Meanwhile, Kongregate is launching Kartridge, a potential Steam competitor that says it will embrace indie “premium” titles and small-fry developers. “Our initial plan is that the first $10,000 in net revenue, one hundred percent will go to the developer,” Kongregate’s CEO says. “We’re not coming in just to build another store. No-one needs that. This is about building a platform that is focused on creating a very fair and supportive environment for indie developers” – as well as on social and community tools.
Ubisoft is sick of toxicity in its games, and to combat it, it’s whipping out the banhammer as a “first step” in getting the playerbase under control.
“Starting next week, we will be implementing an improvement on the system we have been using to ban players that use racial and homophobic slurs, or hate speech, in game,” the company told Rainbow Six Siege players on Reddit over the weekend. “The bans for this will fall within the following durations, depending on severity” – that’s everything from two days to a permanent ban. “Any language or content deemed illegal, dangerous, threatening, abusive, obscene, vulgar, defamatory, hateful, racist, sexist, ethically offensive or constituting harassment is forbidden.”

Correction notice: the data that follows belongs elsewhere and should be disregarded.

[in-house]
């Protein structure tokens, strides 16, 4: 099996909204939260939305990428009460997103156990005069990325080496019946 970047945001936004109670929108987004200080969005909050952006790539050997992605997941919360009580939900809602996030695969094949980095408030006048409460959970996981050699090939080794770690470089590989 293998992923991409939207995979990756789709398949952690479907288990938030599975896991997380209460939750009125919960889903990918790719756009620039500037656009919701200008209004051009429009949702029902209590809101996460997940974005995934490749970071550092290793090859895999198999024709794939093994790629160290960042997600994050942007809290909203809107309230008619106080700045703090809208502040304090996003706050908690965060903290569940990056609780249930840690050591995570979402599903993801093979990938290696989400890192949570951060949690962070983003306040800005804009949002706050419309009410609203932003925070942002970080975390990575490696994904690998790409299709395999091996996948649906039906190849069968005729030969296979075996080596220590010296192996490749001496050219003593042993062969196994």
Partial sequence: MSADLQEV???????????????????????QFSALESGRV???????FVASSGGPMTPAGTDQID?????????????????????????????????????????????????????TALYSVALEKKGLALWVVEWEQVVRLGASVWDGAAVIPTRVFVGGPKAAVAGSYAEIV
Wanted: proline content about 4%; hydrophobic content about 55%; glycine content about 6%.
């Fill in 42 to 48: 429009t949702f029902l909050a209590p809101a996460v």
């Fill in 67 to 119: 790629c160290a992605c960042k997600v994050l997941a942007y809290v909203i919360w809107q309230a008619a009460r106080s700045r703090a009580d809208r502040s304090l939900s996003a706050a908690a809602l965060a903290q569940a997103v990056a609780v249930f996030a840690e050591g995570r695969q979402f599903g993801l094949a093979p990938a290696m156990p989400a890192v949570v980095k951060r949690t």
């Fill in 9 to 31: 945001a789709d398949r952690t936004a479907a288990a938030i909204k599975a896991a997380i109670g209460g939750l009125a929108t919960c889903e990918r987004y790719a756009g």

Moreover, toxicity-related bans will be broadcast via global message for all to see.
This week’s dev-written Saga of Lucimia blog asks everybody over the age of 35 to think back to bygone days “when reputation used to mean something” and miscreants were blacklisted by the community.
“For the most part, there is little cooperative spirit in most modern-day MMORPGs, even on the so-called PvE servers,” the indie sandbox’s creative director Tim “Renfail” Anderson asserts. “Instead, it’s a free-for-all storm of mayhem where play-nice-policies are no longer enforced, and player toxicity is allowed to run rampant in favor of generating the most amount of money possible to satisfy investor needs.”
“In a group-based game where you couldn’t really solo anything, reputation was the most important currency anyone had. If you did something bad enough to justify your name being posted in the forums, you very quickly found that no one would group with you. If no one would group with you, your forward momentum was halted; you couldn’t progress through the game. The bad apples of the community were quickly rooted out, and either rage quit, changed to a new character, or learned how to play nice with others.”